Later style cam belts are reinforced with Kevlar instead of fibreglass. The Kevlar reinforced belts can be identified by the red lettering on them. Other color lettering indicates and older belt.
Caution – if you are not comfortable performing maintenance on your machine, see a dealer for your service. This is a guide and may not have all of the steps needed for you to do your own maintenance successfully – use at your own risk.
Timing Belt Adjustment
Timing belt adjustment & replacement for the 02-03 ST4s
Ducati ’03 ST4s Timing Belt Adjustment This instruction on cam belt adjustment starts after you remove the fairing pieces. Plan on an hour to remove these. Since you are performing your own service, buying Ducati belts may not be that expensive. There may be another belt source, but I have not confirmed this for the 996 engine of the 02-03 ST4s.
- Ensure maximum of ½ tank of gas. Fuel will leak into the charcoal canister, then onto the floor if the tank is over half full and the tank is tilted up on its hinge. So put the tank up on its hinge.
- Remove spark plugs. Cover sparkplug wells with boots or rags. This is a great time to toss out those Champions for a set of NGK DCPR8E’s.
- Remove the front shield from the horizontal cylinder head.
- Remove crankshaft cover on Riders LH side and insert crank tool. A crank tool can be made by following the drawing at the end of this document. See Fig 2 above. The flat head screws used are kind of soft so beware on their removal.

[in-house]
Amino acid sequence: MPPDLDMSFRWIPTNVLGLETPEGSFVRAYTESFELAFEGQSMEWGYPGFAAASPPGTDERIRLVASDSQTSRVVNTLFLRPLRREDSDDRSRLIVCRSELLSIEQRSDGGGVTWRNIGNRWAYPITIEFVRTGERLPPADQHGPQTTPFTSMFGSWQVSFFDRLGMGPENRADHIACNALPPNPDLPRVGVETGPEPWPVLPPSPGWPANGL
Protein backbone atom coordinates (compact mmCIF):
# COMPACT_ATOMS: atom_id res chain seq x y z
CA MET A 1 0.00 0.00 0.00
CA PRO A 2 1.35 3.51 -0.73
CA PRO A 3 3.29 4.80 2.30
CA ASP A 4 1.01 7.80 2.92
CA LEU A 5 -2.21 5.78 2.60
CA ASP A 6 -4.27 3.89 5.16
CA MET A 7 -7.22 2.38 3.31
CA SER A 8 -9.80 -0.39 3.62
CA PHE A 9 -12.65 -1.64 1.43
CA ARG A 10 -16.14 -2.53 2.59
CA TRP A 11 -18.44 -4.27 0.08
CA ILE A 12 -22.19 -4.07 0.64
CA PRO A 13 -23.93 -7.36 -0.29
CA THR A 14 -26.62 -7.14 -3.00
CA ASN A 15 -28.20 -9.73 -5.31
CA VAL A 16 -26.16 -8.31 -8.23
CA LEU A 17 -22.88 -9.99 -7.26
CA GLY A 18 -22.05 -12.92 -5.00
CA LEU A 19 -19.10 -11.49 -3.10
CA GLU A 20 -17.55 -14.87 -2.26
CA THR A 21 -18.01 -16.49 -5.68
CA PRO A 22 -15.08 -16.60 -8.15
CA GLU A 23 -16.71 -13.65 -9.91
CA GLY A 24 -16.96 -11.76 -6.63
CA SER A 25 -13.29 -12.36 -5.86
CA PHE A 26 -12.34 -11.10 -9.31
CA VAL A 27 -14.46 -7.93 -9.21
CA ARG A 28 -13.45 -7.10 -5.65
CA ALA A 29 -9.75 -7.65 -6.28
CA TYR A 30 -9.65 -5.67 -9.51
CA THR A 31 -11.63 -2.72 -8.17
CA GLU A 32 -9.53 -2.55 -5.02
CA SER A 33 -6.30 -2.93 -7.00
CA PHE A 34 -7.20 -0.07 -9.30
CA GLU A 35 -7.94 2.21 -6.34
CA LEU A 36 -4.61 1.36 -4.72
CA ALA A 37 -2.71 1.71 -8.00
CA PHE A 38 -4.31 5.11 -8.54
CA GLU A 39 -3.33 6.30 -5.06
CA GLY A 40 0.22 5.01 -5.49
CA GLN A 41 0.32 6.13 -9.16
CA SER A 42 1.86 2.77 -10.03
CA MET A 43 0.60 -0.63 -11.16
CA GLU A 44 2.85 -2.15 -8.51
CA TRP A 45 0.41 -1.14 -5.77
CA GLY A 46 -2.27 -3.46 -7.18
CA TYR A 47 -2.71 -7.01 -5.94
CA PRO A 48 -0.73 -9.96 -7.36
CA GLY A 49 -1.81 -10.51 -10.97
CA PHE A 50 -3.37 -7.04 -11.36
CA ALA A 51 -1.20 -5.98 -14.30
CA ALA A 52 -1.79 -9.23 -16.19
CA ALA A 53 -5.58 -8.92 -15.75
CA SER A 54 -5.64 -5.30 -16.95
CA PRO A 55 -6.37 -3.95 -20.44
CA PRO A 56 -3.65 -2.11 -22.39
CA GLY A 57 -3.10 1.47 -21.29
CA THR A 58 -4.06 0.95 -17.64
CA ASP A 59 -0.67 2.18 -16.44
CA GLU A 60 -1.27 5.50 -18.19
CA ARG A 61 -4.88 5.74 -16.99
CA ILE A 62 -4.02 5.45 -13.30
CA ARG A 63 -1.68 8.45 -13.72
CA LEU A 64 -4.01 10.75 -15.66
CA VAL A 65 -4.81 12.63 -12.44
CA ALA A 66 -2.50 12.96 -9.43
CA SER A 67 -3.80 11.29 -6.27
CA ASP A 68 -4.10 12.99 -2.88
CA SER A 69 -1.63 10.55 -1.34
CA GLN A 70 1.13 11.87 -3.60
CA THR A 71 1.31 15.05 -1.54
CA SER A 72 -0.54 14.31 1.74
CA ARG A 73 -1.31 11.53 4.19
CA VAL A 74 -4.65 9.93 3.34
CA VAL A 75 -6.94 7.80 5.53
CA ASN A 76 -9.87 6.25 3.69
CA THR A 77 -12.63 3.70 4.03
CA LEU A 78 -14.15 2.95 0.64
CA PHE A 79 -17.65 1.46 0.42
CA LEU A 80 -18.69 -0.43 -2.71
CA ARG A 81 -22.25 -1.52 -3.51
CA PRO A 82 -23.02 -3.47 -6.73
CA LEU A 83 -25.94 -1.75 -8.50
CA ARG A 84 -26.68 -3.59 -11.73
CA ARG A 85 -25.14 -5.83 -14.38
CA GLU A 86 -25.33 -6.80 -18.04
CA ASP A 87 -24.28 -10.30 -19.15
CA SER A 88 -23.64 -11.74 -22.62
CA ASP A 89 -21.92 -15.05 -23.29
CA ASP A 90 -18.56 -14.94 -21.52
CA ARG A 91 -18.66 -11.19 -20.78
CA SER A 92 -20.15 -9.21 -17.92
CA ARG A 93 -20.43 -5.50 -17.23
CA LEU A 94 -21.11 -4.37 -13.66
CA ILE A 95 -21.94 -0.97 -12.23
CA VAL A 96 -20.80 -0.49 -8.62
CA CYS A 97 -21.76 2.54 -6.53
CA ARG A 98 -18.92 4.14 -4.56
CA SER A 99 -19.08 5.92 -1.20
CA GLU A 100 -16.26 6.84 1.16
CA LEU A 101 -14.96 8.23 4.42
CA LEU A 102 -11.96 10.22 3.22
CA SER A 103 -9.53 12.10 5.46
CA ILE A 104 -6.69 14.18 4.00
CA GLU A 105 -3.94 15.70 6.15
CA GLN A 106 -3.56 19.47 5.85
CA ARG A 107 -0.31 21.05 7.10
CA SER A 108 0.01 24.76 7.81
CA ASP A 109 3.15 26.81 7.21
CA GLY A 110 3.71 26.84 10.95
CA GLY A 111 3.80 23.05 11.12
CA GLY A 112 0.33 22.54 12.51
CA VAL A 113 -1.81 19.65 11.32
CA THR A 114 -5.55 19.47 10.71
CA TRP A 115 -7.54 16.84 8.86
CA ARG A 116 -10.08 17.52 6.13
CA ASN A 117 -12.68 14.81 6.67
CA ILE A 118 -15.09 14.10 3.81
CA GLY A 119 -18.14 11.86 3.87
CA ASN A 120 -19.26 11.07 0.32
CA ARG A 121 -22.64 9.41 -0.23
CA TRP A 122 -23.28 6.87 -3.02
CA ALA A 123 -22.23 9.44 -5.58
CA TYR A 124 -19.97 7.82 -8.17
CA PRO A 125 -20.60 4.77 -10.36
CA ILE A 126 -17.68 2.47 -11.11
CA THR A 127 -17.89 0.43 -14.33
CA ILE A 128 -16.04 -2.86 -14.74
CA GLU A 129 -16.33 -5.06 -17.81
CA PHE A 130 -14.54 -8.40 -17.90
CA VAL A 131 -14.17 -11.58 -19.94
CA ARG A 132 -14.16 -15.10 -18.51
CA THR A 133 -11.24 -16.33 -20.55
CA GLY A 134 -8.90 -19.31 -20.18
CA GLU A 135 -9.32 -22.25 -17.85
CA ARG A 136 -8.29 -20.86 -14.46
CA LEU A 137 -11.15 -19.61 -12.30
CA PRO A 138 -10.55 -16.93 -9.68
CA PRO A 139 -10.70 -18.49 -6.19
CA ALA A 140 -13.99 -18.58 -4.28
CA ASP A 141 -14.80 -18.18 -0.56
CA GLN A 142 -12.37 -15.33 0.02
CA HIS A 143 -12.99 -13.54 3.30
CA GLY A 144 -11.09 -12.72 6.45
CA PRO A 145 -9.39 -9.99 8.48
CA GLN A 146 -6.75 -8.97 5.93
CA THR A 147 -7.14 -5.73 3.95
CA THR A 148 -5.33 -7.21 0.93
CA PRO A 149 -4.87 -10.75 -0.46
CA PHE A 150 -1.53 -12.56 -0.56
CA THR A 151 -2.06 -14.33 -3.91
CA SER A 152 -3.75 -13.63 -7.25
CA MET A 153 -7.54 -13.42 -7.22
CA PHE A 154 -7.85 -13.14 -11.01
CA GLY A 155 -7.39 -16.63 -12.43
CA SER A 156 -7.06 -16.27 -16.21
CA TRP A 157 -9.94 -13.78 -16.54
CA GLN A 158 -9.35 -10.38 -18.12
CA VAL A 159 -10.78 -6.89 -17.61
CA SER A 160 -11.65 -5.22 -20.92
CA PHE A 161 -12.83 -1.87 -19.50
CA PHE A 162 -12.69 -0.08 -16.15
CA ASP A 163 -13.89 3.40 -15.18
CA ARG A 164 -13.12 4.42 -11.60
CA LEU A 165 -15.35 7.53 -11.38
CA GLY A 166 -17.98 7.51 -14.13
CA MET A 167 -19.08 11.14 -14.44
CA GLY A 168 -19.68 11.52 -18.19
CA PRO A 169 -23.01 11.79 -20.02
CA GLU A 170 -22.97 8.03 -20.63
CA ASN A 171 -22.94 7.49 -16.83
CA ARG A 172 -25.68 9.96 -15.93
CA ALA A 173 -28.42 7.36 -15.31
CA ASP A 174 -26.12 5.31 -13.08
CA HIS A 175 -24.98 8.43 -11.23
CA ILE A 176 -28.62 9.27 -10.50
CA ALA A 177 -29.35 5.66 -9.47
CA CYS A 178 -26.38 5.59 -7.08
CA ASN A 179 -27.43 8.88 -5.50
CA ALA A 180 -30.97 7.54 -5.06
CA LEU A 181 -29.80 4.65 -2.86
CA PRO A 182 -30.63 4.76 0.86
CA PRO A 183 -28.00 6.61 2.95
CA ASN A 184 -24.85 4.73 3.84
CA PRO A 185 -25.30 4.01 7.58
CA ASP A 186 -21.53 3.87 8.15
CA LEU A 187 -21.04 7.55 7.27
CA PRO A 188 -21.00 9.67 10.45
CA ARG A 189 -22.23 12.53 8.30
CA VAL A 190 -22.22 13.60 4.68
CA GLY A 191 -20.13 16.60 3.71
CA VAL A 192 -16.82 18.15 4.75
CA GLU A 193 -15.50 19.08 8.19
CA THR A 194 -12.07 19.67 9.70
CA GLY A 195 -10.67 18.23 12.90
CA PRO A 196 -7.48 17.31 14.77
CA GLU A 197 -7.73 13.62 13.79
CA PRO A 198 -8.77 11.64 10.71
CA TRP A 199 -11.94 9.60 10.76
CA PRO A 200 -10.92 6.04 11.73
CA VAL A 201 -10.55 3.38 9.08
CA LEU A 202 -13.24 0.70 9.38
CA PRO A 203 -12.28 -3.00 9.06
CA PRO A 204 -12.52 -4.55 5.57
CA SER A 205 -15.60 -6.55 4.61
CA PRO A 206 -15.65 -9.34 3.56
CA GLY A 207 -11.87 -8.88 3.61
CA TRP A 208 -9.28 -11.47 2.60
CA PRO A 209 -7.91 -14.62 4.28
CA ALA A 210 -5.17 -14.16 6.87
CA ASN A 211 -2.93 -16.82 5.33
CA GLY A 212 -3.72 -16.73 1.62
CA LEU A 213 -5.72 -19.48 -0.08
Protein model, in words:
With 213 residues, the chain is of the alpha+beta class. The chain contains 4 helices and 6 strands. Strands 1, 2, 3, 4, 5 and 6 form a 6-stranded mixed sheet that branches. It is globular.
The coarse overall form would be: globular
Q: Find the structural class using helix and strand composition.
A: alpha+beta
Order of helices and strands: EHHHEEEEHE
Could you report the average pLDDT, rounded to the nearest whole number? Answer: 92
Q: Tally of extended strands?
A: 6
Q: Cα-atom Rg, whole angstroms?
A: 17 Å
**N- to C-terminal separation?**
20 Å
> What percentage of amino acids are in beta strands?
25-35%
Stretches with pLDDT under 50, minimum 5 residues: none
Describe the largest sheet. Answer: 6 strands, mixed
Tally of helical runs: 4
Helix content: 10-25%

- Remove oil pressure sending unit cable and remove oil sending unit. No oil should pour out.
- Remove battery and remove bolts fastening battery box to engine/frame. You can let the battery box dangle or partially support it via a bungee cord. Be careful of the cable on the ground of the ECU. By dangling the battery box excess stress could be placed on this cables connector and you don’t want to troubleshoot an intermittent electrical issue.
- Remove cam belt covers. The two covers over the cams are real easy. The center piece is removed by pulling it down. You may have to move some hoses and cables out of the way because it is a tight fit. Removing the oil pressure sending unit gave clearance for the removal. Fig 1 shows bike ready to be worked on.
On the Rider’s LH is a window on the case cover. Using a flashlight to illuminate the area, marks can be rotated into view using the engine turning tool. There are two marks denoting the TDC of each of the cylinders. When a mark in the window aligns with the pointer, look at the crank driving pulley on the Rider’s RH of the engine. If the driving pulley’s mark is aligned with the pointer on the engine case, you are at TDC horizontal cylinder. If the pulley mark and the pointer on the engine do not align, rotate the engine until the mark in the window on the Rider’s LH side case cover aligns as well as the pulley’s mark and the engine’s pointer. Fig 3 shows the engine pulley and pointer.